Livestock Farming Appeals to Iowa Youth

Share

 

 

 

By: Haley Banwart | Assistant Field Specialist

 

Iowa’s youth continues to have a strong interest in livestock farming according to the Coalition to Support Iowa’s Farmers (CSIF) recent survey of Iowa FFA members. Of the students who reported their desire to farm, 89 percent indicated they intend to raise livestock.

The 2017 results also revealed that 54 percent of students who do not have a desire to farm would be most likely to work in an ag-business related field. This was the twelfth year CSIF has conducted the survey at the Iowa FFA State Leadership Conference. Responses were collected from 395 FFA members.

“I grew up around livestock and want to continue to be a part of a great industry that has taught me so many important life skills,” said Ashley Kahler, a sophomore at Ballard High School and a member of the school’s FFA chapter.

After attending a four-year college, Kahler hopes to pursue her passion for raising hogs and says she would enjoy caring for a small cattle herd as well. “I consider myself lucky to have been involved in raising livestock on my family’s farm and I hope to share those same experiences and values with my own children someday.”

Students like Kahler have the opportunity to pursue on-farm careers thanks to the 122,764 jobs livestock farming is responsible for in Iowa.

“The future of Iowa is still on livestock farms,” said Brian Waddingham, CSIF executive director. “Despite the current downturn in the farm economy, there are many opportunities in livestock agriculture for the next generation including traditional species such as hogs, cattle, dairy, poultry and turkey, as well as emerging enterprises such as fish and shrimp.”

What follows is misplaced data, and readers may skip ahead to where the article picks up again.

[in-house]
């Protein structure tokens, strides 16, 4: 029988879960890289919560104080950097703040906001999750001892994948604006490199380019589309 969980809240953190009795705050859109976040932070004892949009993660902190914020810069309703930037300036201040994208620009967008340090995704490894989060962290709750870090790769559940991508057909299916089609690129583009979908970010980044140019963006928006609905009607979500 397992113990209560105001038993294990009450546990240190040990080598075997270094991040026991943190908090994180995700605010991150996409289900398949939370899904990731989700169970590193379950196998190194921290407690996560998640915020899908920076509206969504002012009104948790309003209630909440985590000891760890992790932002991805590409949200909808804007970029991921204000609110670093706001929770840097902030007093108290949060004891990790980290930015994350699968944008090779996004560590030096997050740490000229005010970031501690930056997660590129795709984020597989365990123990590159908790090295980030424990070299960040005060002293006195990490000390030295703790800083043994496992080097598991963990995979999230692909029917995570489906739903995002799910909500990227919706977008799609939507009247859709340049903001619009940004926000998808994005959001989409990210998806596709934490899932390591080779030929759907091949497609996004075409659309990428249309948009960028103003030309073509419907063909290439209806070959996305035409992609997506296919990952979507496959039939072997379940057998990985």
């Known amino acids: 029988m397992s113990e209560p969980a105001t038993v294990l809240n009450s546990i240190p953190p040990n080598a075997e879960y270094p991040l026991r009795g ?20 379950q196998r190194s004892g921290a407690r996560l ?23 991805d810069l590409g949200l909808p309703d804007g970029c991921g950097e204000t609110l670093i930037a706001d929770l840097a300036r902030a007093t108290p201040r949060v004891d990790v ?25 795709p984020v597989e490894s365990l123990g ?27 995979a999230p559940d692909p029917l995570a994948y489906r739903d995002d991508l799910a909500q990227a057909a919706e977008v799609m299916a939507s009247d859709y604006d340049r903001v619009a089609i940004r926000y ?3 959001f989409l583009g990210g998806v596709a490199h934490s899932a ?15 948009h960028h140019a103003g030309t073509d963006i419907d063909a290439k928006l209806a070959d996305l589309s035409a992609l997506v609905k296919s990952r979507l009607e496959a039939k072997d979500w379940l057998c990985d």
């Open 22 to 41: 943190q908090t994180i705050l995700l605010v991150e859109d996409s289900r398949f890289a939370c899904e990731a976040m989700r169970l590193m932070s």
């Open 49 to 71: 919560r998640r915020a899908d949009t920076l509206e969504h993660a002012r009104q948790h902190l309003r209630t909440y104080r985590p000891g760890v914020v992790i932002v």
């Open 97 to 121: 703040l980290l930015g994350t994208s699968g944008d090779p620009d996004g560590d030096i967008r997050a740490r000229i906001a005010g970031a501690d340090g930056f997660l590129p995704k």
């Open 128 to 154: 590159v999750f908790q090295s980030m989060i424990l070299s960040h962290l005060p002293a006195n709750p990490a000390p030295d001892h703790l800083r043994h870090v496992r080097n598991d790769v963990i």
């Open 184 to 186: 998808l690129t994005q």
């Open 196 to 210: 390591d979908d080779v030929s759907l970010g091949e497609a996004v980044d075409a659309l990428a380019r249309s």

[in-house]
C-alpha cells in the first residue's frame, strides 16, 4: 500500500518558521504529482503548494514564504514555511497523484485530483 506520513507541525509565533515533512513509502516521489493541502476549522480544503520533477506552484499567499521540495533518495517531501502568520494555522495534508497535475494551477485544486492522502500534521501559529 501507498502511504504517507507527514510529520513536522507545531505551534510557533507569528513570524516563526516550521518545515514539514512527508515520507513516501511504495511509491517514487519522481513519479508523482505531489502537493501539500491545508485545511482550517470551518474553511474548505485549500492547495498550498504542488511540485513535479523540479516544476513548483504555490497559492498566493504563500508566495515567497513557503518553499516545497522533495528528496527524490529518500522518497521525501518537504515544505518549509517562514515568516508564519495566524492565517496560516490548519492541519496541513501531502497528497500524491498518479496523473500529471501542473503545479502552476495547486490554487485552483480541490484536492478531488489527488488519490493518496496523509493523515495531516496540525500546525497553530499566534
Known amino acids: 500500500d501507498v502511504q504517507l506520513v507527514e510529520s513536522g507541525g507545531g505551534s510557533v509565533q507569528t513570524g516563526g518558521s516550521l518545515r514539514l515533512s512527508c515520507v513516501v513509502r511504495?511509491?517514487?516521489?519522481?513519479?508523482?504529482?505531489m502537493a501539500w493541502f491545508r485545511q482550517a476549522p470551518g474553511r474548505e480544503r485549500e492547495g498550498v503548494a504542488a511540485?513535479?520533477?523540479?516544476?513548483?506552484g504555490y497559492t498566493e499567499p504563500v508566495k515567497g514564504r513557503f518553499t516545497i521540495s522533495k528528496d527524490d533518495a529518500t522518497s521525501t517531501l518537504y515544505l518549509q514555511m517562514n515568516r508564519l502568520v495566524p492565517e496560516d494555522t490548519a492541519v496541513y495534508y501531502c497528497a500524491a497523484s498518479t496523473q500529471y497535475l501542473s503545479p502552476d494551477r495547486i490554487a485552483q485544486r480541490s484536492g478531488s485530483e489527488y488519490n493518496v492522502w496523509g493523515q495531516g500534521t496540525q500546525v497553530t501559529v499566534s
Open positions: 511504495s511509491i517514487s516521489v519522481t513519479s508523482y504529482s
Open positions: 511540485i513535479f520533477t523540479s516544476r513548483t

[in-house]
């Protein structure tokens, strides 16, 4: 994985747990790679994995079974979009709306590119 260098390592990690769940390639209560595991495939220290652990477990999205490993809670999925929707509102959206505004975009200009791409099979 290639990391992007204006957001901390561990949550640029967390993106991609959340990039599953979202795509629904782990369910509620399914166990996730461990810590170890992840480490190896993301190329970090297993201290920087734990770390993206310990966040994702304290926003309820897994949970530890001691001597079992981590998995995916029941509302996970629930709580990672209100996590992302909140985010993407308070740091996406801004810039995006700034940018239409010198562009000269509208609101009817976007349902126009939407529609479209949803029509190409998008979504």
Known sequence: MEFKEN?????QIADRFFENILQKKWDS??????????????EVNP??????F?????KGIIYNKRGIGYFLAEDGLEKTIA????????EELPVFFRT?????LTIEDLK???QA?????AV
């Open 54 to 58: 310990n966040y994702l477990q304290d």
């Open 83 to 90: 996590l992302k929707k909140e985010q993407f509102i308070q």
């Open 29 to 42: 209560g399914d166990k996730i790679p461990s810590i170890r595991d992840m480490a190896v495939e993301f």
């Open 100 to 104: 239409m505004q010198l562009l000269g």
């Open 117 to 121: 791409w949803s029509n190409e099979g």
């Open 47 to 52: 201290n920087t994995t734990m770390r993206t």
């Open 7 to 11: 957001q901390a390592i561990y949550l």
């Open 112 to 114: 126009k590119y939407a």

Other findings from the survey include:

  • Ninety-seven percent of respondents have a positive outlook on the future of Iowa agriculture.
  • Seventy-five percent of respondents intend to live and work in Iowa – a six percent increase from the 2016 results.
  • Forty-four percent of respondents believe steep start-up costs are the primary obstacle for young people pursuing a career in farming – 4 percent decrease from 2015 and 2016.

“The Coalition is here to help beginning farmers navigate the challenges of raising livestock including interpreting rules and regulations, providing siting assistance and enhancing neighbor relations,” said Waddingham. “In providing these services we aim to alleviate some of the risks young families who aspire to make a living through livestock encounter.”

CSIF is a non-profit organization that assists livestock farmers who want help interpreting rules and regulations, guidance on good site locations for barns, counsel on enhancing neighbor relations and tips on how to protect the environment at no cost. For more information, call 1-800-932-2436 or visit www.supportfarmers.com.

The Coalition to Support Iowa’s Farmers was created by farmers to help farmers raise livestock responsibly and successfully. It’s a joint partnership involving the Iowa Beef Industry Council, Iowa Cattlemen’s Association, Iowa Corn Growers Association, Iowa Farm Bureau Federation, Iowa Pork Producers Association, Iowa Poultry Association, Iowa Soybean Association, Iowa Turkey Federation and Midwest Dairy Association.


Facebooktwitterlinkedinmail

Leave a Reply